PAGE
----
Medications help thousands of people manage anxiety and depression daily. One of them is duloxetine, a prescription drug that is more widely recognized by its trade name Cymbalta, which was approved for use in 2004. Another trade name for it is Irenka. Some physicians prescribe duloxetine to treat major depressive disorder (MDD), including generalized anxiety disorder (GAD), fibromyalgia, and chronic musculoskeletal pain. It can also be used to treat fibromyalgia and chronic musculoskeletal pain.
Duloxetine is part of a class of drugs called serotonin-norepinephrine reuptake inhibitors (SNRIs). It works by regulating two naturally occurring neurotransmitters in the brain, norepinephrine, and serotonin, which are linked to a person’s mood, motivation, and energy level. It blocks the reuptake process, which happens when extra chemicals are removed from the nervous system and recycled.
A dose of duloxetine can range anywhere from 20 mg (milligrams) to 120 mg and is usually taken one or two times a day with or without food. A doctor or other health care provider is the best person to determine the correct dose for patients. Usually, a duloxetine dose starts off at a low and is gradually increased over several weeks.
While therapeutic use of duloxetine helps make managing some conditions easier to manage, it does come with side effects. If you are taking this medication or are thinking about using it, here’s an overview of what side effects are commonly reported among duloxetine users.
According to RxList, common side effects of duloxetine include:
- Appetite loss
- Dry mouth
- Difficulty sleeping (insomnia)
Troublesome Side Effects Of Duloxetine
Mental health disorders can be complex, and the medications used to treat them can sometimes make them worse or create new symptoms. Below are some of the severe side effects of duloxetine use. If you have any of these, see your doctor as soon as possible.
Duloxetine use can lead to an increase in depression and thoughts of suicide in some people, particularly those age 24 and younger. If left unaddressed, suicidal actions may follow. If you are taking duloxetine, it’s important to let your doctor know about any side effects you might experience. If you have noticed new or worsening symptoms of depression, or if you are having thoughts of suicide, meet with your doctor as soon as possible.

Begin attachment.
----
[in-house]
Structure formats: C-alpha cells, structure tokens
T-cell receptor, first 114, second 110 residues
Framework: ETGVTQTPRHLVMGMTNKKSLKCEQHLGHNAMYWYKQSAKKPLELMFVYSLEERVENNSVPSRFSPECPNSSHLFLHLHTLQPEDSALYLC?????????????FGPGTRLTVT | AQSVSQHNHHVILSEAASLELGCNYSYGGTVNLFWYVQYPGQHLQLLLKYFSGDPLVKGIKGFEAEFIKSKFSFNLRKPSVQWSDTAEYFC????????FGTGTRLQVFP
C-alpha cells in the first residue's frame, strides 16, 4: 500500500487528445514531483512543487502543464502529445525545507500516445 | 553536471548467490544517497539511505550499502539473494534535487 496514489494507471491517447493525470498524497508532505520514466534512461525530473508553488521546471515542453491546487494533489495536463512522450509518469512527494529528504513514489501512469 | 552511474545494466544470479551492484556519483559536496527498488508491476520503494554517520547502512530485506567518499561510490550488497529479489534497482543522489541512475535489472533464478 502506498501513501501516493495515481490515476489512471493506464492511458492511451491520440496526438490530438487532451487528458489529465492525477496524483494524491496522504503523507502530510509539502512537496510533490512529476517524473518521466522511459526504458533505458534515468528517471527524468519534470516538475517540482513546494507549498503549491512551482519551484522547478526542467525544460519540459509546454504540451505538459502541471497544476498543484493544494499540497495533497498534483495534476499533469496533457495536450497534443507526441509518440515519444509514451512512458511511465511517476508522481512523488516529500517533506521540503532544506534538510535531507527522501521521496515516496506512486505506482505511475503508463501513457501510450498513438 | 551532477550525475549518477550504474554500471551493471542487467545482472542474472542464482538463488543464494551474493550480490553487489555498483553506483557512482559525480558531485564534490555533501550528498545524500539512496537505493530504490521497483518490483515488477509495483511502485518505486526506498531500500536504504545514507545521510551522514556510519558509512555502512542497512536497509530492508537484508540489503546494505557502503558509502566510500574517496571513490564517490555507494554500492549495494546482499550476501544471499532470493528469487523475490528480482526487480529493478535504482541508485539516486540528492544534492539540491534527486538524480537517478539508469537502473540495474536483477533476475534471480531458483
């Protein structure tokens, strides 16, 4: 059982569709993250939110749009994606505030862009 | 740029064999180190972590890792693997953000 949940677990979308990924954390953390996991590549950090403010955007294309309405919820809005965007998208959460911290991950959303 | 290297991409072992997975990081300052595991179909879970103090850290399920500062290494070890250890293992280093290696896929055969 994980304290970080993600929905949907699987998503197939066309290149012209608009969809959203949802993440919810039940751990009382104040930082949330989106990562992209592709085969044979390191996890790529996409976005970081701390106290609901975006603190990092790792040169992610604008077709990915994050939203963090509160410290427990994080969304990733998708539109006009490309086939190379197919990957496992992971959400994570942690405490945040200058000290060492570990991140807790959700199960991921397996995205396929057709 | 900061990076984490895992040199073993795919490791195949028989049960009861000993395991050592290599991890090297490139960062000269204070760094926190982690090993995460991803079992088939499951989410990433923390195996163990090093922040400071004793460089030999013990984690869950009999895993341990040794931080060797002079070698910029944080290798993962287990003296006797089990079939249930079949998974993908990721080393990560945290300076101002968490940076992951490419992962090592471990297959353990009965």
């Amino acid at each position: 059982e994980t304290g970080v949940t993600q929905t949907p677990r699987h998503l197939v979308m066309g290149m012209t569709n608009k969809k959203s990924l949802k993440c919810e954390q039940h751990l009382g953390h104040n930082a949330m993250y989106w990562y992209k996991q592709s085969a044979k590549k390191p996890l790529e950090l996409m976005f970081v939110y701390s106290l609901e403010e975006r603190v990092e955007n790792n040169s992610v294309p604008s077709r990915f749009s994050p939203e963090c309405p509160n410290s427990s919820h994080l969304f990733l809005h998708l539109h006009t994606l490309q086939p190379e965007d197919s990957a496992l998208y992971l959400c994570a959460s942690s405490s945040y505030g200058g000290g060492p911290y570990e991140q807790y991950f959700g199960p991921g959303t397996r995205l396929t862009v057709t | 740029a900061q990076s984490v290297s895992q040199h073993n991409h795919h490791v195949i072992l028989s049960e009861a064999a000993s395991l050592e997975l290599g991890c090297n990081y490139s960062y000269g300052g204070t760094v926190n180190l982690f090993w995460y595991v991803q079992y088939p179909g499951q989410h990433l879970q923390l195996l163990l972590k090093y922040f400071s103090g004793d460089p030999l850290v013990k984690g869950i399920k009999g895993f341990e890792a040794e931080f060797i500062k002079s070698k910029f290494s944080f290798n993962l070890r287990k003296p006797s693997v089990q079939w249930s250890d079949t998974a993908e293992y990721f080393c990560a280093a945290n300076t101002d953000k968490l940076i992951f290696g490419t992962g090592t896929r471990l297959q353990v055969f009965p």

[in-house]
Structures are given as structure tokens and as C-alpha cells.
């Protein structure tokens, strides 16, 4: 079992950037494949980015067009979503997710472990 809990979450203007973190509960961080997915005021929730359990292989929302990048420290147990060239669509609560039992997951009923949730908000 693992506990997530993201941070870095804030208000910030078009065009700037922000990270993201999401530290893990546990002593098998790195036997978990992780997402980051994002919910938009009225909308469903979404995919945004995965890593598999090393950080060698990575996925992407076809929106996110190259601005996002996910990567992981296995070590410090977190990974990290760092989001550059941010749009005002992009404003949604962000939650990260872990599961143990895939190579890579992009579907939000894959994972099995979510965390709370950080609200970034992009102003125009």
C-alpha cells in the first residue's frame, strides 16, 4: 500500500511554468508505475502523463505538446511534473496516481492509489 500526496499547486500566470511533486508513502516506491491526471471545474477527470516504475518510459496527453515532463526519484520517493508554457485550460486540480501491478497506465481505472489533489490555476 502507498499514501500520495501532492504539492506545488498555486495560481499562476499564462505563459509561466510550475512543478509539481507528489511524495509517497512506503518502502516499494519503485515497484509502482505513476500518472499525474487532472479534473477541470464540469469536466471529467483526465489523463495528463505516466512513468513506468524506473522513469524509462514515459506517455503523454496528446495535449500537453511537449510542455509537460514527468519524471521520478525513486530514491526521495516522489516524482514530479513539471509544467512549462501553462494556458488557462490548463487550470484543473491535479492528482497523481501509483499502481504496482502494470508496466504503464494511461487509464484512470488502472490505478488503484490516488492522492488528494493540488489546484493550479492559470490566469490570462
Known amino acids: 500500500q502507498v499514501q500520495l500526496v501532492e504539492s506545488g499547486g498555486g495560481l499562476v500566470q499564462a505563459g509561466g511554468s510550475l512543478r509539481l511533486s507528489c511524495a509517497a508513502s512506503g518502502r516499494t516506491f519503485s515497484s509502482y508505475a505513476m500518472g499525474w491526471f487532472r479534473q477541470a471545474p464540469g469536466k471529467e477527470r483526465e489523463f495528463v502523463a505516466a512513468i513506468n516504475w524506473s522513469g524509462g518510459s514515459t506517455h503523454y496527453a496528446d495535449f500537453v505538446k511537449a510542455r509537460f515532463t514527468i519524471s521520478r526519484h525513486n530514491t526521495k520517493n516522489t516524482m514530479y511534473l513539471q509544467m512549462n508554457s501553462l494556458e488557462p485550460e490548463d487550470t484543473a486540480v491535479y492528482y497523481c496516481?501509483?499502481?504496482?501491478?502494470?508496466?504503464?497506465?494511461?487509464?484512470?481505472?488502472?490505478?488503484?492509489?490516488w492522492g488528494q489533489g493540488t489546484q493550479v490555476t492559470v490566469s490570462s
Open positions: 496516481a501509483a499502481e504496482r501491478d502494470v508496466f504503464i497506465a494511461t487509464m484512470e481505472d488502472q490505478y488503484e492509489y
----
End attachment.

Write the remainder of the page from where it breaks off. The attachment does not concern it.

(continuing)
Medications that affect serotonin levels in the brain have the potential to create a side effect called serotonin syndrome, a condition that happens when serotonin builds up in the brain. When this happens, a person taking duloxetine can experience severe confusion, agitation, tremors, and elevated blood pressure. The person might also have a fast heart rate and have trouble with coordination.
Medical intervention is required to treat serotonin syndrome. Without it, the condition can be life-threatening. Serotonin syndrome is more likely to occur when a drug is mixed with other drugs that affect serotonin levels, such as other SNRI medications or selective serotonin reuptake inhibitors (SSRIs).
Drowsiness, Blood Pressure Changes
Duloxetine can make some users very sleepy or unusually drowsy, which can affect their ability to think or react quickly and cloud their decision-making ability. Do not take this medication if you have to drive, operate heavy machinery, or engage in other activities that require full attention. Some patients have reported orthostatic hypotension, a condition in which blood pressure drops after standing up or getting up from sleeping. People who are taking medications for high blood pressure will want to talk with their physician about duloxetine.
Other severe side effects of duloxetine are:
- Liver damage
- Abdominal pain
Some severe side effects may require immediate medical attention. Severe side effects are more likely to occur in people who abuse or mix the drug with other substances.